It is becoming increasingly apparent that the Virginia General Assembly needs to debate and approve a well-articulated policy for completing the integration of black Virginians into the state's college system.
Up to now, Virginia and other states have left the issue to their governors and to a system of negotiated settlements between state administrators and those in the U.S. Department of Health, Education and Welfare.
The process is not working very well. A handful of Southern states have agreed to new college desegregation plans, but black plaintiffs who convicted U.S. District Court Judge John H. Pratt in Washington that the old plans were sufficient are now telling him the same thing about the new ones.
HEW Secretary Joseph A. Califano has found the plans of three states - Virginia, North Carolina and Georgia - to be unsatisfactory, setting in motion the long process of withholding federal college aid from each.
However, one state, Maryland, already has persuaded the 4th U.S. Circuit Court of Appeals that HEW desegregation directives are so vague and its administrative procedures so uneven that no funds can be cut off until the federal agency corrects both.
This process, so far, has demonstrated nothing better than the limitation of federal aid cutoffs, and all the administrative and judicial procedures they involve, as a means of addressing fundamental policy questions.
The fundamental question in Virginia and the other states is how a large minority shall be brought into full participation in higher education without doing violence to constitutional standards of equal treatment under the law.
In a property functioning state government, only the legislature, acting on its own initiative or responding to proposals from the executive, should establish the policies and programs for a college system that can achieve the goal of education for a minority without unlawful discrimination.
Virginia Gov. John Dalton has told Califano that he will consider a revised desegregation plan for the state's colleges and has told his attorney general and secretary of education to draft one. It is possible that they will come up with a plan that satisfies HEW without compromising Dalton's own opposition to quotas for black enrollments at predominantly white colleges.
It is doubtful, however, that such a plan will actually desegregate Virginia's college system in the near future. To do that will require actions more decisive than even a constitutionally strong executive should take without a legislative mandate.
To understand this, it is essential to recognize that Virginia does in fact have a segregated college system. Two-thirds of its black college students attend two predomantly black schools, Norfolk State and Virginia State.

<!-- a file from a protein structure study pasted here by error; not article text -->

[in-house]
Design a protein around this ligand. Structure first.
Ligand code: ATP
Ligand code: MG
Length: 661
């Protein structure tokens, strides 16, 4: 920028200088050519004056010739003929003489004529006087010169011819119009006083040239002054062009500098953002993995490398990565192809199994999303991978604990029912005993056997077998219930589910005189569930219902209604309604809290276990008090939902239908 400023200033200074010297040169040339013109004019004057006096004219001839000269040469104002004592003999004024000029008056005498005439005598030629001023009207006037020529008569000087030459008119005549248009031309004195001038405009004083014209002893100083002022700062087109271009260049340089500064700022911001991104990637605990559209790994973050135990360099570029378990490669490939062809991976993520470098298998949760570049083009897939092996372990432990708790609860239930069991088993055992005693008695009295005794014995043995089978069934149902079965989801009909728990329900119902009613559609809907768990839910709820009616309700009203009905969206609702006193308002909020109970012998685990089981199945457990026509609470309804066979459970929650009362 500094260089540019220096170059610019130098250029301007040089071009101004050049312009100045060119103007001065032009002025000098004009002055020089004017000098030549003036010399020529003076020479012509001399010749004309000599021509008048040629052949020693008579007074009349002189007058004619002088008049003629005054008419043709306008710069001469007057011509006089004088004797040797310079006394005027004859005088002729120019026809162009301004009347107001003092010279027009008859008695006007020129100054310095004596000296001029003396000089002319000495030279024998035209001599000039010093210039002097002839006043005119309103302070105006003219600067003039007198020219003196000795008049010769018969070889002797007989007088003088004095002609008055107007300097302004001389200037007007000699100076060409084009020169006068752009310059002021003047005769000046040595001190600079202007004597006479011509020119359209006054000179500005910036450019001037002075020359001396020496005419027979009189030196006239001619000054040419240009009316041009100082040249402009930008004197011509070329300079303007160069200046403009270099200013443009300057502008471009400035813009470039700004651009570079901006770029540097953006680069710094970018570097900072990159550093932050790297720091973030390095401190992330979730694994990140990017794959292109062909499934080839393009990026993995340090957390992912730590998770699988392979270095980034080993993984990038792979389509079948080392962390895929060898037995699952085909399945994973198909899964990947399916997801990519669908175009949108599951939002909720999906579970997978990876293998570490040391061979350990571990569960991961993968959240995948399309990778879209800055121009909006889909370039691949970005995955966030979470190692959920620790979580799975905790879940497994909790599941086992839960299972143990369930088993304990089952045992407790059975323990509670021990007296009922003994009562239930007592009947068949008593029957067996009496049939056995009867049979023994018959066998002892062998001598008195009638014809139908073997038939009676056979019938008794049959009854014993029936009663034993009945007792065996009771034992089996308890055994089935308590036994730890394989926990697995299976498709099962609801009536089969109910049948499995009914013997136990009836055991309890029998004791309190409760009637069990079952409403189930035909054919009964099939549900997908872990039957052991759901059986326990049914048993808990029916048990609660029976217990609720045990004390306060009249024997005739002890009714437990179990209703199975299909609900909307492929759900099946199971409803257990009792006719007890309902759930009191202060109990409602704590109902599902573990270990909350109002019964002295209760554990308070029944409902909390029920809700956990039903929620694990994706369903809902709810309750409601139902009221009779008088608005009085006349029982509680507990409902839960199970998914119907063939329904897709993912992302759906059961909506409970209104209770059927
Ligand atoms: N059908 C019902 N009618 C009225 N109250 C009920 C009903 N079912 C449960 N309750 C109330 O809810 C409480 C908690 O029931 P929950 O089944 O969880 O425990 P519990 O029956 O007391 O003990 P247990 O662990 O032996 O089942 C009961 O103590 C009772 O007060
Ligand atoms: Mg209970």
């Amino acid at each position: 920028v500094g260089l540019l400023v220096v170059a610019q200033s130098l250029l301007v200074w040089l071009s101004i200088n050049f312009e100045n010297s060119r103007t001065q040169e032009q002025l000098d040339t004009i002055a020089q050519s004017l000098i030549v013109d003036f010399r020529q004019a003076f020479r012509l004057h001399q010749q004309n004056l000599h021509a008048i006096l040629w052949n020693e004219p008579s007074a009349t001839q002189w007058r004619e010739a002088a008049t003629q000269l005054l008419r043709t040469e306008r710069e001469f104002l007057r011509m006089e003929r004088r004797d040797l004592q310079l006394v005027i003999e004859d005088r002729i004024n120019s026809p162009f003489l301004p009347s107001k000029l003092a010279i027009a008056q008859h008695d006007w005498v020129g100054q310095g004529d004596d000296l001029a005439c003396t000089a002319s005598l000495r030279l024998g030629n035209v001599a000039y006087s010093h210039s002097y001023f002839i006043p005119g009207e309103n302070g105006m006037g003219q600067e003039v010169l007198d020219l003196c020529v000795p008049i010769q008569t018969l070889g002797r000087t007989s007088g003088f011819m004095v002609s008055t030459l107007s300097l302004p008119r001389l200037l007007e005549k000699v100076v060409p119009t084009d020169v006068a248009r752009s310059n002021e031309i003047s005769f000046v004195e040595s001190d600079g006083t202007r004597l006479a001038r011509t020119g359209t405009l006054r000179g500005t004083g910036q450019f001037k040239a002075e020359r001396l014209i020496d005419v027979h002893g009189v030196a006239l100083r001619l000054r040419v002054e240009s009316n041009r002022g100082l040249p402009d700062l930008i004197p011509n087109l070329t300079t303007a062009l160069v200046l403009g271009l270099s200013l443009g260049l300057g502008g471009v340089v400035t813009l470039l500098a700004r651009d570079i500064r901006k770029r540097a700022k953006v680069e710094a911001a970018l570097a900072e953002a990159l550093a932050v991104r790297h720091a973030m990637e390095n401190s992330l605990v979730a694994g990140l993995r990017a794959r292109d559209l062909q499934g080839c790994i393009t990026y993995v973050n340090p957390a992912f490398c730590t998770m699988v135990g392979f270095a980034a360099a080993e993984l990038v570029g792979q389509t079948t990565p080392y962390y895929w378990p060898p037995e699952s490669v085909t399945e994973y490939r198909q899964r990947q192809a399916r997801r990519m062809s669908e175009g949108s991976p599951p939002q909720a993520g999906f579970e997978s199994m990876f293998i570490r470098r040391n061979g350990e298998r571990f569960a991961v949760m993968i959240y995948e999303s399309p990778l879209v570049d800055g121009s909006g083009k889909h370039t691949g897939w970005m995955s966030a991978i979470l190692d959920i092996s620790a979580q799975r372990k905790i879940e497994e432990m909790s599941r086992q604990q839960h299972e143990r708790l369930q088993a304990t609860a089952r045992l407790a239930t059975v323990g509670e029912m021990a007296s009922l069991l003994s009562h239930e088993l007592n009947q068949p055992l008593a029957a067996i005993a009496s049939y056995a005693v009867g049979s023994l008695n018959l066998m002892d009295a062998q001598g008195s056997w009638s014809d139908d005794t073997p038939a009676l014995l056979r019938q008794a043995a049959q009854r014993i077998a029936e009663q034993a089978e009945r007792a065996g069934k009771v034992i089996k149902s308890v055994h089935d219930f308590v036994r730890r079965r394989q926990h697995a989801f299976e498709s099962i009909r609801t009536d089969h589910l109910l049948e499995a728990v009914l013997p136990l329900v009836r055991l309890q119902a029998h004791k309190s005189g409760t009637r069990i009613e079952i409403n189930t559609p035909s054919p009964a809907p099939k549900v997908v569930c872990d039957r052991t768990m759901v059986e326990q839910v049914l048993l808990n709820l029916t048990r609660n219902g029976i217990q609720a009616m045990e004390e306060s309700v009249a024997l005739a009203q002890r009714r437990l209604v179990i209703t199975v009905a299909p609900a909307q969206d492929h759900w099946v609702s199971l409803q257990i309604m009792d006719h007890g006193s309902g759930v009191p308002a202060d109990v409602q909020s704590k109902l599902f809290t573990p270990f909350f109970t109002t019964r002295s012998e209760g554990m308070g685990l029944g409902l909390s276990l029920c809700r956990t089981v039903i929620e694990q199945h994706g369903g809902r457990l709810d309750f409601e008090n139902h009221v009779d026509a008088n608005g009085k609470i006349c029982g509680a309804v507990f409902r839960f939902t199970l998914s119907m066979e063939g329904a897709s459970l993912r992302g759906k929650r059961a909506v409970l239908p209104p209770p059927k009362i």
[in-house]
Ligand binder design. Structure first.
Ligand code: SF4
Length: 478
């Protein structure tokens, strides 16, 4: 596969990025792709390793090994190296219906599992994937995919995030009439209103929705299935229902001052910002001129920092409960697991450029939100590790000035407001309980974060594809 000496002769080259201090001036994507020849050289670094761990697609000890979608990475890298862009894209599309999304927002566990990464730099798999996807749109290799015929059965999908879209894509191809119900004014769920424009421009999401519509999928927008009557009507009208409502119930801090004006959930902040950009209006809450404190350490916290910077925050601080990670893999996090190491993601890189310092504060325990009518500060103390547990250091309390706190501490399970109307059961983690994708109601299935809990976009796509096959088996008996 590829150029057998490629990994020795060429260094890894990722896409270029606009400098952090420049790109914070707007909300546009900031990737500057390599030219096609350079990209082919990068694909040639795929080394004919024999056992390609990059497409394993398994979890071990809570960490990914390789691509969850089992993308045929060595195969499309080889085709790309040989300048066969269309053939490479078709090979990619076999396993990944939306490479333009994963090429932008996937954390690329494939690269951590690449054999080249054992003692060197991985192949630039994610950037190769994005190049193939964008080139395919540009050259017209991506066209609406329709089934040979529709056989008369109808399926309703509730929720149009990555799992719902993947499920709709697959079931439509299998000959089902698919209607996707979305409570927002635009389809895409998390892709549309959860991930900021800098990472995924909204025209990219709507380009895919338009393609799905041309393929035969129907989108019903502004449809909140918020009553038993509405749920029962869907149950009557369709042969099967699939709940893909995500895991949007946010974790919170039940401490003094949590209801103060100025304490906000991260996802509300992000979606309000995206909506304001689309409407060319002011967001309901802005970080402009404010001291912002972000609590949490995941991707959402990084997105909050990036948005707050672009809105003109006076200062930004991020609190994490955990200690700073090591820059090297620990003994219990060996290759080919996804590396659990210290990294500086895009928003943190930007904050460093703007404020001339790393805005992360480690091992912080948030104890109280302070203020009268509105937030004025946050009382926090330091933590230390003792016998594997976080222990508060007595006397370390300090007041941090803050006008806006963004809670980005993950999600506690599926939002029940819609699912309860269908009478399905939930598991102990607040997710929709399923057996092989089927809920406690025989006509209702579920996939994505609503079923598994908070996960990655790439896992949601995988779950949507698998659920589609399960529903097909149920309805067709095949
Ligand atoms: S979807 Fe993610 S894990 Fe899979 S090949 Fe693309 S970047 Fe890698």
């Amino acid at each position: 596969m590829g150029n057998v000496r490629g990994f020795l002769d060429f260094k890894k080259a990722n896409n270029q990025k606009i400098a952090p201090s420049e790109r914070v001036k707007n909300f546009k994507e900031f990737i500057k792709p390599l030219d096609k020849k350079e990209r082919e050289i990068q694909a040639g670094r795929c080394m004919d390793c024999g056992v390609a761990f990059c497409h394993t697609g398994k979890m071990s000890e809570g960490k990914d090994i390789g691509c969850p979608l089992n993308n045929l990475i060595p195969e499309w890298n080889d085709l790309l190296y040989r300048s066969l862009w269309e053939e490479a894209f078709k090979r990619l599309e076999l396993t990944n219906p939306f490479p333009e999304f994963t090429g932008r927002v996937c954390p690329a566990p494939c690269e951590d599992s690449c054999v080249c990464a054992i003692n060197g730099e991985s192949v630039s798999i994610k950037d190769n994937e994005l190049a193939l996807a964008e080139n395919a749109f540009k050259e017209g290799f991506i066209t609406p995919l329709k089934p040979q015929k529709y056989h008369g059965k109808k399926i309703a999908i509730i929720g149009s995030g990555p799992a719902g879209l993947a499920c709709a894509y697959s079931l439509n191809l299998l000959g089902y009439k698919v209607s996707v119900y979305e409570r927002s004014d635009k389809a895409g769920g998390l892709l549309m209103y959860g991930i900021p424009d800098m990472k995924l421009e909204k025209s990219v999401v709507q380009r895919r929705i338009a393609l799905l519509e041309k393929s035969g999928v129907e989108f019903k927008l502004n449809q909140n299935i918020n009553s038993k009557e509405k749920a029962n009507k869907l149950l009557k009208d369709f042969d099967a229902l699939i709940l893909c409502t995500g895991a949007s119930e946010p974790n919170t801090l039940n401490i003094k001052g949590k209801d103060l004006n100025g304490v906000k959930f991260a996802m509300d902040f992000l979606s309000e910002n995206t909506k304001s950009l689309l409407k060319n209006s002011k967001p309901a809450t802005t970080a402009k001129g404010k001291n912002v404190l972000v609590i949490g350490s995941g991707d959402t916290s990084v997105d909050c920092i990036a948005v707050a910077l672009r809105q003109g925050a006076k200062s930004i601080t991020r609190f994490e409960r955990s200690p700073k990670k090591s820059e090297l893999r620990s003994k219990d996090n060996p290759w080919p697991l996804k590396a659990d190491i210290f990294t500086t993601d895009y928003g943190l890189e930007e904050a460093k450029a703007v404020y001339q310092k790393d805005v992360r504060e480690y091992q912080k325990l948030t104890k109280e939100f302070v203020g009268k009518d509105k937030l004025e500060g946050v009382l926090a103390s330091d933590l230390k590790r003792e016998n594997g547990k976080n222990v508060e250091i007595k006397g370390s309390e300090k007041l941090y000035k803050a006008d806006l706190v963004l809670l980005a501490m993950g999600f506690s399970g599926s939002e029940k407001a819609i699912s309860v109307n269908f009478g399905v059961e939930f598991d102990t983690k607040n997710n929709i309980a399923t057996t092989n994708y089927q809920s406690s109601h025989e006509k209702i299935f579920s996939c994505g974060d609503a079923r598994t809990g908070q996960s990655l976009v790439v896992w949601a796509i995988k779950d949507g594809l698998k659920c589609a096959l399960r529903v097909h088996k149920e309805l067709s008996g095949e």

Moreover, it is essential to recognize that these two schools and special programs for black students at other schools amount to a quota system that sustains a black college enrollment that is 17 percent of the total - almost as high as the percentage of black residents in Virginia.
The admission standards at the predominantly black schools are low. The environment they provide is supportive of students who might drop out of or never enter a predominantly white school for social or scholastic reasons.
Virginia Commonwealth University in Richmond, the second largest state university, is the only predominantly white school with a high ratio of black students, and its black enrollment is sustained by the federally funded Special Services program that duplicates the preferential treatment available to black students at Norfolk State and Virginia State.
This is not a color-blind system, but few doubt that a color-blind system would bring abut a drastic decline in black participation in higher education in Virginia. In a state with almost 1 million black residents, the consequences of a color-blind college system are politically unrealistic.
Most assembly members are reluctant to get into the college desegregation issue. They are satisfied withthe present arrangement, largely because they perceive that their black constituents and their few black colleagues in the assembly are satisfied with it.
However, assembly members are not likely to be content with a series of agency orders that take on the appearance of federal intervention in the college system. HEW can go only so far before Dalton and his lawyers will be forced to defend in court the system the legislature has created up to now.
The administrative and judicial morass in which the desegregation case is mired promises enough delay to give the assembly a chance to shoulder its responsibility for making the state and federal system work.
A legislative study commission and passage of a Higher Education Act that sets out a state policy for the continuing college education of black Virginians - without the isolation of black students under the present system - would give the governor something worth defending.